President Barack Obama came to power with a not-so-secret plan to reshape the Middle East. His team envisioned a fundamental realignment in the region, with an eye towards resolving a host of longstanding conflicts that made it a global focal point of political instability. A key element of that plan centered on one country: Syria. By reconstituting Washington's relationship with Damascus, the reasoning went, Obama would manage to radiate improvements outward to a host of regional disputes.
Seven months into the Obama administration, Washington's efforts to pry Syria from its tight alliance with Iran and persuade it to start working for regional solutions is well underway. American officials have become regular visitors to Damascus, with the administration still hoping that the strategy will pay dividends. The results so far, however, are far from a resounding success. The much-anticipated harvest of peace remains a mirage.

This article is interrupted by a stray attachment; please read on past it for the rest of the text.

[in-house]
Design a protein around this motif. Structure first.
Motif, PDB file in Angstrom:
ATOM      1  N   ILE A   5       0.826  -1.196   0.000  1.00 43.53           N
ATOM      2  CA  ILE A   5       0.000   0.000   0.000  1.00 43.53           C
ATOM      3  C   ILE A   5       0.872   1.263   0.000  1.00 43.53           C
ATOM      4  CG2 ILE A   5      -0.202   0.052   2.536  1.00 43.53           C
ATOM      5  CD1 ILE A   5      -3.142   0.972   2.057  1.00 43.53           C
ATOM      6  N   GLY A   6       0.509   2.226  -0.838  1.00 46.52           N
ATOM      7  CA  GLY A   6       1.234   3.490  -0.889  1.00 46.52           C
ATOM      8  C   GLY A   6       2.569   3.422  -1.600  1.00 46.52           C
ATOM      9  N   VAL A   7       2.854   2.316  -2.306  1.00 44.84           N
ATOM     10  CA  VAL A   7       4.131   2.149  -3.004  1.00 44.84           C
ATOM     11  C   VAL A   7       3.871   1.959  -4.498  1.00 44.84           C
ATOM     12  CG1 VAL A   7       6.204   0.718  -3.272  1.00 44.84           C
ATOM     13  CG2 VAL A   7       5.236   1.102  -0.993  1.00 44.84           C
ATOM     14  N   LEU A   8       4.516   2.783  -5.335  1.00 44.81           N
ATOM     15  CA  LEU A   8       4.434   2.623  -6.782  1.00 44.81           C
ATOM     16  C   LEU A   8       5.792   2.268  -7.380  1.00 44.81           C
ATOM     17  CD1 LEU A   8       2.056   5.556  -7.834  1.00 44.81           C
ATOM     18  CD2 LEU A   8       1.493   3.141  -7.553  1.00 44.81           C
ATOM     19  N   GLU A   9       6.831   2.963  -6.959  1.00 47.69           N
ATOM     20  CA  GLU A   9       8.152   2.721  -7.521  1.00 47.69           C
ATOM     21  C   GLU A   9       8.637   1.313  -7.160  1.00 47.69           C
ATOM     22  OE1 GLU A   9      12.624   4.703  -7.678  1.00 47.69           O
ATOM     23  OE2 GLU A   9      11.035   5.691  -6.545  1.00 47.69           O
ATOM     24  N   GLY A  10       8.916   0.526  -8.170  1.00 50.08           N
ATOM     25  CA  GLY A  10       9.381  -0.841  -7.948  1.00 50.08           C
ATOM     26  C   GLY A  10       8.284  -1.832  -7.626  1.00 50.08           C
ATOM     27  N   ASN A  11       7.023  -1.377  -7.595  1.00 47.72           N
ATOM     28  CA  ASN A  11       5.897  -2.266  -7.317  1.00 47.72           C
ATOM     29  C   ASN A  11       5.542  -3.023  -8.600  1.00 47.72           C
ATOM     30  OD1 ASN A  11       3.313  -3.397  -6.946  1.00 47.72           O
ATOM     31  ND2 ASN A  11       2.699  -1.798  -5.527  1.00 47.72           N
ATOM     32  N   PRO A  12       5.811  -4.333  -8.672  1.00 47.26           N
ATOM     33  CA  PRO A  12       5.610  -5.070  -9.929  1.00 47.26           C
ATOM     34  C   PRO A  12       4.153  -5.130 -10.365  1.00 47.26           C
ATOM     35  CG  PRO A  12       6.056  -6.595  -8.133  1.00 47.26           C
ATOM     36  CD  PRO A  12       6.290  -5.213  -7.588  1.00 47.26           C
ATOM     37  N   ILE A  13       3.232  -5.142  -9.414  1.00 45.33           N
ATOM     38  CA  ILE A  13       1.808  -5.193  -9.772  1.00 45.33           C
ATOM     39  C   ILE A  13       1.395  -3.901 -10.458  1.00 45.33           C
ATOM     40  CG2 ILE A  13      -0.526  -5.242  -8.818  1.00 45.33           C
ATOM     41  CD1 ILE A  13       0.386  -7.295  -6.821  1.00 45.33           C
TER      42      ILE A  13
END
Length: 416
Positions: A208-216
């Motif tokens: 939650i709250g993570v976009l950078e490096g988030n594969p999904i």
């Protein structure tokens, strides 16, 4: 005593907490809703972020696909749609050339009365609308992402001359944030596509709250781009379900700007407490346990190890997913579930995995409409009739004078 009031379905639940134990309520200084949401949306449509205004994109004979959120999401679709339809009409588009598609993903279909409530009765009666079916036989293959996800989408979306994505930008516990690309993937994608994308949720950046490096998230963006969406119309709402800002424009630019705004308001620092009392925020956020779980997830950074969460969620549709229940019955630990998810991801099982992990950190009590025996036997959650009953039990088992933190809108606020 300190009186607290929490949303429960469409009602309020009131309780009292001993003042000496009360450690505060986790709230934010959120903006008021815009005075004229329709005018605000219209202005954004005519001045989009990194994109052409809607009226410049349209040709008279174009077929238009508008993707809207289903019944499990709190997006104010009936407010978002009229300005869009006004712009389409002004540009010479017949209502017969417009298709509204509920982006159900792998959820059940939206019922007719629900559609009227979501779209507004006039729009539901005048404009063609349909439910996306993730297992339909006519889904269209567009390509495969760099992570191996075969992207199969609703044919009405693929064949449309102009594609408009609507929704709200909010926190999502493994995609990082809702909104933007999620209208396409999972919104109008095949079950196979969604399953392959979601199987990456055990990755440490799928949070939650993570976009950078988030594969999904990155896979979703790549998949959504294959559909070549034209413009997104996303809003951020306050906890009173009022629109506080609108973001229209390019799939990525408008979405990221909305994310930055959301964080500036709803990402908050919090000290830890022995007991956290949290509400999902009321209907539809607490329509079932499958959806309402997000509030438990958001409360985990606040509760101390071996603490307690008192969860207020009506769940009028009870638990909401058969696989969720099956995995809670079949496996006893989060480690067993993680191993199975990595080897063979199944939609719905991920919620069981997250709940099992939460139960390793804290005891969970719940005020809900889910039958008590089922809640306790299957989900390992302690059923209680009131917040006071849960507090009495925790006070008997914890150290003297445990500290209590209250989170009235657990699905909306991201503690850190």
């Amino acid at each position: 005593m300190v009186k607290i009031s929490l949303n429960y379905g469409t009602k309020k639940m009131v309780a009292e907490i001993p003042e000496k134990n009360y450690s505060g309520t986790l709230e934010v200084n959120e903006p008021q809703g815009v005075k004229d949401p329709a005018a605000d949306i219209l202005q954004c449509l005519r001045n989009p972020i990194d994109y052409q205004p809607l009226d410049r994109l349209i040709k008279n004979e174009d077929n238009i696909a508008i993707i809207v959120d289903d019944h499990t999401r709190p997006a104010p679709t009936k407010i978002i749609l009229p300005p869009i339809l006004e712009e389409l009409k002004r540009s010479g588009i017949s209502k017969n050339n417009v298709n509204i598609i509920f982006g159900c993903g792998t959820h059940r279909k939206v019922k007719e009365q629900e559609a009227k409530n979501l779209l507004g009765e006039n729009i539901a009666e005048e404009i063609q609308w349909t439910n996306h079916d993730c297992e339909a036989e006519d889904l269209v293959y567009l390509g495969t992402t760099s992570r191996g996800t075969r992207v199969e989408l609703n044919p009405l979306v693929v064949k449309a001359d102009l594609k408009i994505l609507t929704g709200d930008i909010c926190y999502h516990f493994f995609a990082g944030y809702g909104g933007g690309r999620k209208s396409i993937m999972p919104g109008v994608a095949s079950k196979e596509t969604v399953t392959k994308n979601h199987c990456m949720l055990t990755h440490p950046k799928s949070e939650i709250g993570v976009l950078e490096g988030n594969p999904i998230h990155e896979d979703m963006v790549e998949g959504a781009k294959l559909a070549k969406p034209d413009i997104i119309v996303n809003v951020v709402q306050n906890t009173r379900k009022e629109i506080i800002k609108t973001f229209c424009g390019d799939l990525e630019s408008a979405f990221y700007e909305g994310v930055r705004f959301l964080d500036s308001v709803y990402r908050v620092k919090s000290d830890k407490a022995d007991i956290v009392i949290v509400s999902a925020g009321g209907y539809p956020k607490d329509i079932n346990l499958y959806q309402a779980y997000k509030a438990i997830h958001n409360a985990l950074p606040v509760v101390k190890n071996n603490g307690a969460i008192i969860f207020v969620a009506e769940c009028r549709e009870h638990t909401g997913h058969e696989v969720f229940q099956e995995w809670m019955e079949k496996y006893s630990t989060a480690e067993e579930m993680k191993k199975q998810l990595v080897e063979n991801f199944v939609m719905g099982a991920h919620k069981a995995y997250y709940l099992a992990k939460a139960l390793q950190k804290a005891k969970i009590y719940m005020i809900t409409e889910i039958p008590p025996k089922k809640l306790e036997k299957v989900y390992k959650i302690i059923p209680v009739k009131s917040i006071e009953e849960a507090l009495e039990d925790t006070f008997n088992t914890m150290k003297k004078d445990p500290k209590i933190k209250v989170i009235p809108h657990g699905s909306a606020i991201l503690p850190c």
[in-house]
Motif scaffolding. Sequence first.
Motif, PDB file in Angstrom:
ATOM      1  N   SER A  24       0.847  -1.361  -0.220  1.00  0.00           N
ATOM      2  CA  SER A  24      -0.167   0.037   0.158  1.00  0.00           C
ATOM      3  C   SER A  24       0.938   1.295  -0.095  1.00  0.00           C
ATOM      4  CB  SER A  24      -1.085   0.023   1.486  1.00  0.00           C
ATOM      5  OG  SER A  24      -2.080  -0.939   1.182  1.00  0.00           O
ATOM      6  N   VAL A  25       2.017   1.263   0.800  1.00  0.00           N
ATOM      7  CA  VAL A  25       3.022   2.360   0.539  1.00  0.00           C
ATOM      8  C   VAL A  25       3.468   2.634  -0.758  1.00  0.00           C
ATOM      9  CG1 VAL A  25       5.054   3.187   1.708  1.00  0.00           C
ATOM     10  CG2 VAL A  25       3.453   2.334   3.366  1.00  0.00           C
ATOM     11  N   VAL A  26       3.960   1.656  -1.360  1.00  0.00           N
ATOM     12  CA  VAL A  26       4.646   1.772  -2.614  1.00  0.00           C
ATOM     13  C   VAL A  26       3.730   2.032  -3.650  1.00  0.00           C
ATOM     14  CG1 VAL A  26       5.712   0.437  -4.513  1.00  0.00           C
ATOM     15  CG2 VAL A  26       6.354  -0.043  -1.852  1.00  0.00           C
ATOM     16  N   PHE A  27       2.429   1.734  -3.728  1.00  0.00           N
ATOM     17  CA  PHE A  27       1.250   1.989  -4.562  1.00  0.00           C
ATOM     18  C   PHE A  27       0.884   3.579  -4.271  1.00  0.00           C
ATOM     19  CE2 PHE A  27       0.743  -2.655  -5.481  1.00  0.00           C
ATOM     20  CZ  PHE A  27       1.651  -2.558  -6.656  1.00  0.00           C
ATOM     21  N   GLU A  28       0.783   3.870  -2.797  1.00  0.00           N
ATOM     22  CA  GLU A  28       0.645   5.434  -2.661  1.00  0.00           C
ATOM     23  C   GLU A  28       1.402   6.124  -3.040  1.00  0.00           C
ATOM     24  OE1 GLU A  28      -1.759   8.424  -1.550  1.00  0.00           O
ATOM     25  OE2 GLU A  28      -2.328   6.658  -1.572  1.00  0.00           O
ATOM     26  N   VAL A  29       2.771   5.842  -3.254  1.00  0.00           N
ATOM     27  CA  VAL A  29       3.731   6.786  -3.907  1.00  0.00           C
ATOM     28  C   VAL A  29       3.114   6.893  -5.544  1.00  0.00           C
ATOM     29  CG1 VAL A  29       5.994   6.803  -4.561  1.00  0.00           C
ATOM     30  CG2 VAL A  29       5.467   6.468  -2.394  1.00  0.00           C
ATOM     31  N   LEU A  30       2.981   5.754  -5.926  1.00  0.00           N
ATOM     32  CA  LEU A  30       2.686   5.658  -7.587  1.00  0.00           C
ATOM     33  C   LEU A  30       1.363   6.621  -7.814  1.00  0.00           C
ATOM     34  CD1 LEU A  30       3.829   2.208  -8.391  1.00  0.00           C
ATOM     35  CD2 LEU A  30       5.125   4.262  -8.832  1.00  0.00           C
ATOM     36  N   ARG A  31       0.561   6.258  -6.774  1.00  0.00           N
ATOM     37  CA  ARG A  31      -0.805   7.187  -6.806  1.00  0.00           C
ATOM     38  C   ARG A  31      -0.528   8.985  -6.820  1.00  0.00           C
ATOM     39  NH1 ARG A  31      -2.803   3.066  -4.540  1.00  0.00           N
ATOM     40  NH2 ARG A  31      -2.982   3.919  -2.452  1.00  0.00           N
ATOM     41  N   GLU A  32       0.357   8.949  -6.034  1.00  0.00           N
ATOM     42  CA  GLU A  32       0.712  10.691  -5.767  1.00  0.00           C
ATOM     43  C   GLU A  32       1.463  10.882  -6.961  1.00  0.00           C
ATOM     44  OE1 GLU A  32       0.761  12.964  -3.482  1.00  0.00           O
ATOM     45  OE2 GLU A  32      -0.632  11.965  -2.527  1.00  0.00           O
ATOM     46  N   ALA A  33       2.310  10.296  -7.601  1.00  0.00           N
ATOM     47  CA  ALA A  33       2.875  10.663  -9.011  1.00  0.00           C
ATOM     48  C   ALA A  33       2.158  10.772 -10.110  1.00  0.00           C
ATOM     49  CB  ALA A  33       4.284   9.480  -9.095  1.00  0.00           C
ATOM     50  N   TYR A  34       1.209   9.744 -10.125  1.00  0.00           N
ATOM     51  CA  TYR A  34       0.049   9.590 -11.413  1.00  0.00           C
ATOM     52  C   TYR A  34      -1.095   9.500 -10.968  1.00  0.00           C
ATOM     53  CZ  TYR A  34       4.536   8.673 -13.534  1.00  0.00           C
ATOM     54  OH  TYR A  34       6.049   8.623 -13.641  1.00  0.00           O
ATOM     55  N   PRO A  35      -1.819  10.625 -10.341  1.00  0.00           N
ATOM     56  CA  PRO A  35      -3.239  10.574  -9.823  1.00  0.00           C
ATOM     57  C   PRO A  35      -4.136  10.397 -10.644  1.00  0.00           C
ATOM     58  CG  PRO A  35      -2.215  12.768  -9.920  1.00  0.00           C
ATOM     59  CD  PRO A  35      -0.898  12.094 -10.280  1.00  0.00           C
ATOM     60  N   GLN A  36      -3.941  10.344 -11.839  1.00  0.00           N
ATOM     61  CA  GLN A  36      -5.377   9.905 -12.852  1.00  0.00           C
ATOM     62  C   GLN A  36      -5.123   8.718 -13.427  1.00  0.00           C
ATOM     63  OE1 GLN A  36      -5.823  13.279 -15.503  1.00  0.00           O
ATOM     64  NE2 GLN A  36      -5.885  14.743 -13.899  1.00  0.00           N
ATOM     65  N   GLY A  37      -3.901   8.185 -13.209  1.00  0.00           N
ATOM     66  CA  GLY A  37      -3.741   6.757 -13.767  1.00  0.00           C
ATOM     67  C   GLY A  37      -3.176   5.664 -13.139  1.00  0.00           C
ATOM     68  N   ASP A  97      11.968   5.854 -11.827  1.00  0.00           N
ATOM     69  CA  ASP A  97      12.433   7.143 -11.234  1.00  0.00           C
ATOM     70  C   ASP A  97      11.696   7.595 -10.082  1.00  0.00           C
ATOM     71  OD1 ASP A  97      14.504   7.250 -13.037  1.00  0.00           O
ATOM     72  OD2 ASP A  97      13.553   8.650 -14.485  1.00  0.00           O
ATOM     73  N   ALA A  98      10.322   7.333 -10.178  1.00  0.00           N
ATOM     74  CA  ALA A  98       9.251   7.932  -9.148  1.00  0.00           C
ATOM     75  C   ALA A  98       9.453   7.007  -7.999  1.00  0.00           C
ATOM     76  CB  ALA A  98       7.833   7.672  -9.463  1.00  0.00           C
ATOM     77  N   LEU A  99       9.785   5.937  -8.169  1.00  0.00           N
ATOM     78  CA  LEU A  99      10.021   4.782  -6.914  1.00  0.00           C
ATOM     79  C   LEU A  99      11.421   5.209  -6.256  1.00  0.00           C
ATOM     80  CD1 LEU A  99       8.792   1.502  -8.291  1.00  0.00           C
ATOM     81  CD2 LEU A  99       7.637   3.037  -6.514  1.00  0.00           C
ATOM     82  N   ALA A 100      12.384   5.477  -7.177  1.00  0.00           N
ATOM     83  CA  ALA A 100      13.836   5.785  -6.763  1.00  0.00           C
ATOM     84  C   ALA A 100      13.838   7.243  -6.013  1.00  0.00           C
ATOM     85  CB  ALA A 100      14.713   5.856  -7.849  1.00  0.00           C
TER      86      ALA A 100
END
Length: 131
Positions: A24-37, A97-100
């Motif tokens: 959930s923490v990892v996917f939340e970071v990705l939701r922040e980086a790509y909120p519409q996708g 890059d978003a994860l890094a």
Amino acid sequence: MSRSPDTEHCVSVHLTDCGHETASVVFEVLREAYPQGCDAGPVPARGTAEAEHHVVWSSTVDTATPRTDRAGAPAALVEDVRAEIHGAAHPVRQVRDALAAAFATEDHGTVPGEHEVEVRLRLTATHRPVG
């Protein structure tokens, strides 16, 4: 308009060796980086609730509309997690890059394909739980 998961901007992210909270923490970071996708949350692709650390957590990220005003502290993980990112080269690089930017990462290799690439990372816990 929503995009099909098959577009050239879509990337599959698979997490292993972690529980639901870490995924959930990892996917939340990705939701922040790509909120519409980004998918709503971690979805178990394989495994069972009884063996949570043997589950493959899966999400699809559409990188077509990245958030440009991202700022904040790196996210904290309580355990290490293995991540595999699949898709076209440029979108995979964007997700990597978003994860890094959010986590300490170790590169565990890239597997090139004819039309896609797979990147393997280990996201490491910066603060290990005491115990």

A reminder of just how difficult it will prove to transform the region came after the disputed re-election of Iranian President Mahmoud Ahmadinejad. As the violence in Iran raged and condemnation of Tehran's tactics poured in from Western capitals, Syrian President Bashar al-Assad declared, "What happened in Iran is a big lesson to the foreigners. I believe the Iranian people's re-election [of Ahmadinejad] is another emphasis of the fact that Iran and Syria must continue the regional policy as in the past."